United States District Court, D. Maryland
MARVIN A. JACKSON Petitioner,
UNITED STATES OF AMERICA, Respondent. Criminal Action No. RDB-09-0179
Richard D. Bennett United States District Judge
pro se Petitioner Marvin A. Jackson
(“Petitioner” or “Jackson”) pled
guilty before this Court to one count of Possession of a
Firearm by a Convicted Felon, in violation of 18 U.S.C.
§ 922(g)(1). J., p.1, ECF No. 22. At sentencing, this
Court found that Jackson was an “armed career
criminal” under the Armed Career Criminal Act
(“ACCA”), 18 U.S.C. § 924(e), on the basis
of three prior “serious drug offenses.” This
Court sentenced Jackson to 15 years (180 months)
imprisonment, the mandatory minimum sentence under the ACCA.
Statement of Reasons (sealed), p. 1, ECF No. 23. Currently
pending before this Court is Petitioner's Motion to
Vacate, Set Aside, or Correct Sentence (ECF No. 24) pursuant
to 28 U.S.C. § 2255, in light of the United States
Supreme Court's intervening decision in Johnson v.
United States, 135 S.Ct. 2551, 2558 (2015). Having
reviewed the parties' submissions, this Court finds that
no hearing is necessary. See Local Rule 105.6 (D.
Md. 2016). For the reasons stated below, the Johnson
decision has no bearing on Petitioner's sentence.
Accordingly, Petitioner's Motion to Vacate (ECF No. 24)
filed pro se are “liberally construed”
and are “held to less stringent standards than formal
pleadings drafted by lawyers.” Erickson v.
Pardus, 551 U.S. 89, 94 (2007) (citation omitted). Under
28 U.S.C. § 2255, a prisoner in custody may seek to
vacate, set aside or correct his sentence where: (1)
“the sentence was imposed in violation of the
Constitution or laws of the United States, ” (2) the
court lacked “jurisdiction to impose the sentence, . .
. [(3)] the sentence was in excess of the maximum authorized
by law, or [(4) the sentence] is otherwise subject to a
collateral attack.” 28 U.S.C. § 2255(a). “If
the court finds . . . that the sentence imposed was not
authorized by law or otherwise open to collateral attack, or
that there has been such a denial or infringement of the
constitutional rights of the prisoner as to render the
judgment vulnerable to collateral attack, the court shall
vacate and set the judgment aside and shall discharge the
prisoner or resentence him or grant a new trial or correct
the sentence as may appear appropriate.” 28 U.S.C.
“armed career criminal” under the Armed Career
Criminal Act (“ACCA”), 18 U.S.C. § 924(e) is
an individual who violates 18 U.S.C. § 922(g) and who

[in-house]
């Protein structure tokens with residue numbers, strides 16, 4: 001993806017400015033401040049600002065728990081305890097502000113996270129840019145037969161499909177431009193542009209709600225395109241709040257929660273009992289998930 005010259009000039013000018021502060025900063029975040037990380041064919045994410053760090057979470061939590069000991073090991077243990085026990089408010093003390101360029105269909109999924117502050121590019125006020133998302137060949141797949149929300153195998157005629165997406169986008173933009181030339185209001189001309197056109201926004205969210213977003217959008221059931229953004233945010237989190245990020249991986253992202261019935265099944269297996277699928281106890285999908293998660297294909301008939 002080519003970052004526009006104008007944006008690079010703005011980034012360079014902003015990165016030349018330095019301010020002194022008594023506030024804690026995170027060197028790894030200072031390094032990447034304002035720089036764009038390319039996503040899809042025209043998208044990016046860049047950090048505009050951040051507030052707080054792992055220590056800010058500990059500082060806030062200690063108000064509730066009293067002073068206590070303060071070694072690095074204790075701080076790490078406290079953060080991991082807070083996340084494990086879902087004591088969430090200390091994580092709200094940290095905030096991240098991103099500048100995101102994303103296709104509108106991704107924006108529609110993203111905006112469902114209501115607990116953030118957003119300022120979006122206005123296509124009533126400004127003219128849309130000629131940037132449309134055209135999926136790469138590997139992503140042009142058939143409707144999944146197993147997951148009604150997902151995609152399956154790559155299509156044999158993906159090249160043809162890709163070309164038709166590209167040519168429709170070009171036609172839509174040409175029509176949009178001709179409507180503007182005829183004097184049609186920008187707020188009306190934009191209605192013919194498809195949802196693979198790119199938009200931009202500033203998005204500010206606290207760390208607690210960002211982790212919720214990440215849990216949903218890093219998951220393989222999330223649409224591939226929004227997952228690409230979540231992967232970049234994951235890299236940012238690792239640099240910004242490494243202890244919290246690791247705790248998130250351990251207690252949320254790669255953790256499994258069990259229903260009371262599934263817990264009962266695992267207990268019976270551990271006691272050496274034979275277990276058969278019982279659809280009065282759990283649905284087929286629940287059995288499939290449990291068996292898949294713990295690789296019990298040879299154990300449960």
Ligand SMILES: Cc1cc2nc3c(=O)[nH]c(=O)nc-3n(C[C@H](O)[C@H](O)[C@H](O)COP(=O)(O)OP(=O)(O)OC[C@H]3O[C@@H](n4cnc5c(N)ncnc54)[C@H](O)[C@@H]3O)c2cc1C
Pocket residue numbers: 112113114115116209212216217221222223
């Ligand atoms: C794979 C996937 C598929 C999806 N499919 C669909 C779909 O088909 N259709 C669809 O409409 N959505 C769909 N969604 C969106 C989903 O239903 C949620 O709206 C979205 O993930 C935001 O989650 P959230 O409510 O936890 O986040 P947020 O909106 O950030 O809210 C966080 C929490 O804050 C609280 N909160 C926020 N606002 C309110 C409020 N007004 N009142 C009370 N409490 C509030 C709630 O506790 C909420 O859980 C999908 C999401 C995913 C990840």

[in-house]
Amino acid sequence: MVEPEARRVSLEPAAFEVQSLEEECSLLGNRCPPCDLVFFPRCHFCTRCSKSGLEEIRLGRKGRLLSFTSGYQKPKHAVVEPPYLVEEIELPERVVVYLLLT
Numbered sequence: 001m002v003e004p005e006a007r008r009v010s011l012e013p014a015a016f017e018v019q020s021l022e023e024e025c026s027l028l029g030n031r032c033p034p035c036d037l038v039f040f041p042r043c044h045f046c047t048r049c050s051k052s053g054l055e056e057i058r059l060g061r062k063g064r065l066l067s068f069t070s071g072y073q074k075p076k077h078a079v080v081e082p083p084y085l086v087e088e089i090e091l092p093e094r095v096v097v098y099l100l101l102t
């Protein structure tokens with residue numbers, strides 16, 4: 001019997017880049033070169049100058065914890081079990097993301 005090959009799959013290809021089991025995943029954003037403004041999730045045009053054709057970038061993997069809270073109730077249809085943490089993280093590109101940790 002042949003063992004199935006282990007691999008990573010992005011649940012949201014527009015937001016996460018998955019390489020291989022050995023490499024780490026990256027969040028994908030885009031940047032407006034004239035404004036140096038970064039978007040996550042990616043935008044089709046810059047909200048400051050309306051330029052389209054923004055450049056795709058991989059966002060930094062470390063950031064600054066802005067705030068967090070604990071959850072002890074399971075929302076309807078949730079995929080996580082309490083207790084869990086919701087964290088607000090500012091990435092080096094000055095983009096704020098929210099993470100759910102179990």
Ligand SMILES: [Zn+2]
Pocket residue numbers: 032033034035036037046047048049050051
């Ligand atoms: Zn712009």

has three prior convictions for either a “violent
felony” or a “serious drug offense, ” or
both. Pursuant to 18 U.S.C. § 924(e)(1), a person who
qualifies as an armed career criminal under the ACCA is
subject to a mandatory period of imprisonment of not less
than fifteen years. In Johnson v. United States, 135
S.Ct. 2551 (2015), the United States Supreme Court held that
the “Residual Clause” of the Armed Career
Criminal Act's definition of “violent felony”
was unconstitutionally vague because its application was too
“wide-ranging” and “indeterminate.”
Johnson, 135 S.Ct. at 2557. After Johnson,
an offense can only qualify as a “violent felony”
under the ACCA if it falls within the ambit of the
“Force Clause” or is one of the ACCA's
enumerated offenses. The Johnson decision had no
impact on “serious drug offenses” under the ACCA.
contends that he “is no longer a [sic] Armed Career
Criminal” because he was convicted of a
“non-violent offense” in light of the Supreme
Court's decision in Johnson v. United States.
Motion to Vacate, ECF No. 24 at 1-2. However, contrary to
Jackson's assertion, his armed career criminal status was
not predicated on one or more “violent felonies”
under the ACCA, but was instead supported by at least three
prior “serious drug offenses.” Prior to his 2009
arrest, Jackson was convicted of several “serious drug
offenses” under the ACCA, including: (1) a 1991
conviction for possession with intent to
manufacture/distribute a controlled dangerous substance; (2)
a 1993 conviction for possession with intent to distribute
cocaine and conspiracy to distribute cocaine; (3) a 1996
conviction for controlled dangerous substance conspiracy; (4)
convictions for possession with intent to distribute heroin
and drug trafficking in the year 2000, for which he was
sentenced to five years incarceration; and (5) a 2006
conviction for possession with intent to distribute
marijuana. Presentence Report, ¶¶ 29, 31, 32, 33,
36. Because Jackson's enhanced sentence under the ACCA
was independently supported by at least three prior
“serious drug offenses, ” Johnson is
inapplicable. Accordingly, Petitioner has stated no grounds
for post-conviction relief under 28 U.S.C. § 2255.
foregoing reasons, Petitioner's Motion to Vacate, Set
Aside, or Correct Sentence pursuant to 28 U.S.C. § 2255
(ECF No. 24) is DENIED.
to Rule 11(a) of the Rules Governing Proceedings under 28
U.S.C. § 2255, the court is required to issue or deny a
certificate of appealability when it enters a final order
adverse to the applicant. A certificate of appealability is a
“jurisdictional prerequisite” to an appeal from
the court's earlier order. United States v.
Hadden, 475 F.3d 652, 659 (4th Cir. 2007). A certificate
of appealability may issue “only if the applicant has
made a substantial showing of the denial of a constitutional
right.” 28 U.S.C. § 2253(c)(2). Where the court
denies petitioner's motion on its merits, a petitioner
satisfies this standard by demonstrating that reasonable
jurists would find the court's assessment of the
constitutional claims debatable or wrong. See Slack v.